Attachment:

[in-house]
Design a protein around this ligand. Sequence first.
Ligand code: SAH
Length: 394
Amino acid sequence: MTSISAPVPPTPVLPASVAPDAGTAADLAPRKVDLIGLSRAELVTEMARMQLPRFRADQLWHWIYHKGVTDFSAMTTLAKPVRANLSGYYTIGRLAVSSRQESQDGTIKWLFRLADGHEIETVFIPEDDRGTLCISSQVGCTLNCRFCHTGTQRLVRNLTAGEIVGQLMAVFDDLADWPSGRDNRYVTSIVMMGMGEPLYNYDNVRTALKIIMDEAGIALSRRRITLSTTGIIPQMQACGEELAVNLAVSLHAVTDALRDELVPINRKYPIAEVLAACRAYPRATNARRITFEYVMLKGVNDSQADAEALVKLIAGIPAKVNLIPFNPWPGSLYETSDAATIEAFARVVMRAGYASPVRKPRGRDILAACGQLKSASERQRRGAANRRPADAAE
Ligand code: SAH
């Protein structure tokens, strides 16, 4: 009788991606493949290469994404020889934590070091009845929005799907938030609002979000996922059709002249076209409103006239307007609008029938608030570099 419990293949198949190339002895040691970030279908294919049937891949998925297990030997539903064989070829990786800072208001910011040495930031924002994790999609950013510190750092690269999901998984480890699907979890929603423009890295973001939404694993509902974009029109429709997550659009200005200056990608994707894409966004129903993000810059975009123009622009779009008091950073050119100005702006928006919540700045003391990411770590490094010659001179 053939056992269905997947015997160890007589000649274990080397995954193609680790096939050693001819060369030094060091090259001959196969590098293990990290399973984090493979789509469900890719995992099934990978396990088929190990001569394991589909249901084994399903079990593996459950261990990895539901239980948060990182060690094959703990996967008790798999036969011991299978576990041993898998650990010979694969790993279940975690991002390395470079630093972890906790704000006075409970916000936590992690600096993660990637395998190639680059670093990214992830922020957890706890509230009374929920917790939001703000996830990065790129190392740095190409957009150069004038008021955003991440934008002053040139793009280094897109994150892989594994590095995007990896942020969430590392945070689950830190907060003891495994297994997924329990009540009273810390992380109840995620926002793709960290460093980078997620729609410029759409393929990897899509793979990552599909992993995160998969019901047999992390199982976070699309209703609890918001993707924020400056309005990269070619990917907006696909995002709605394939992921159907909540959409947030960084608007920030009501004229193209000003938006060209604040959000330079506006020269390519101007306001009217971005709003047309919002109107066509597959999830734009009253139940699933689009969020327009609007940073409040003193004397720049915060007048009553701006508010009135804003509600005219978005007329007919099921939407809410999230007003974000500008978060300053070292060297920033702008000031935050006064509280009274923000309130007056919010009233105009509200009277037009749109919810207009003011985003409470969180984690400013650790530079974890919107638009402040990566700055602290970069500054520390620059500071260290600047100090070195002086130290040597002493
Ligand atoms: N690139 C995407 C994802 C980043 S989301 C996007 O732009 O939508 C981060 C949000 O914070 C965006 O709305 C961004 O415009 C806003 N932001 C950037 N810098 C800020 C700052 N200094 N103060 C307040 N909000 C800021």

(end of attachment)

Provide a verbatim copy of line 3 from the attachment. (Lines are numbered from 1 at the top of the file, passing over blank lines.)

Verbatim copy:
Ligand code: SAH